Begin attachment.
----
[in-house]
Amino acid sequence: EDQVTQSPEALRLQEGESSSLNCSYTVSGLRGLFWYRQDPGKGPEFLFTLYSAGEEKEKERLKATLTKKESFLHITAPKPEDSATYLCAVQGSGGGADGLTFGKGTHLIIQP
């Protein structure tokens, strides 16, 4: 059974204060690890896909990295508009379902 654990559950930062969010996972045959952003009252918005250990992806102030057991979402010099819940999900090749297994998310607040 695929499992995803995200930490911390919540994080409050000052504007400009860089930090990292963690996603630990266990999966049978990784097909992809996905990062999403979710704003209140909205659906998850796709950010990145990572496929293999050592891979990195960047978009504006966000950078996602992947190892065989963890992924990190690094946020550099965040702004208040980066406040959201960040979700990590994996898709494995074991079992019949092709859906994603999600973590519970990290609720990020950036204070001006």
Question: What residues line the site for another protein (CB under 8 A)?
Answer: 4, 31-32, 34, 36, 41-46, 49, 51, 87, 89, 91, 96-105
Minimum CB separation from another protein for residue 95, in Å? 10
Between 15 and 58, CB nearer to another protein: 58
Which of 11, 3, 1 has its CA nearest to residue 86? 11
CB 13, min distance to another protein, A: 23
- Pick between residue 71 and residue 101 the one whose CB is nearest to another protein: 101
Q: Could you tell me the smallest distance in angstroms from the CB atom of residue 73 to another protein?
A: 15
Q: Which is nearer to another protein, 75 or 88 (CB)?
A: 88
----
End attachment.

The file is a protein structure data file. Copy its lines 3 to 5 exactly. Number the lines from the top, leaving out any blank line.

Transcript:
């Protein structure tokens, strides 16, 4: 059974204060690890896909990295508009379902 654990559950930062969010996972045959952003009252918005250990992806102030057991979402010099819940999900090749297994998310607040 695929499992995803995200930490911390919540994080409050000052504007400009860089930090990292963690996603630990266990999966049978990784097909992809996905990062999403979710704003209140909205659906998850796709950010990145990572496929293999050592891979990195960047978009504006966000950078996602992947190892065989963890992924990190690094946020550099965040702004208040980066406040959201960040979700990590994996898709494995074991079992019949092709859906994603999600973590519970990290609720990020950036204070001006």
Question: What residues line the site for another protein (CB under 8 A)?
Answer: 4, 31-32, 34, 36, 41-46, 49, 51, 87, 89, 91, 96-105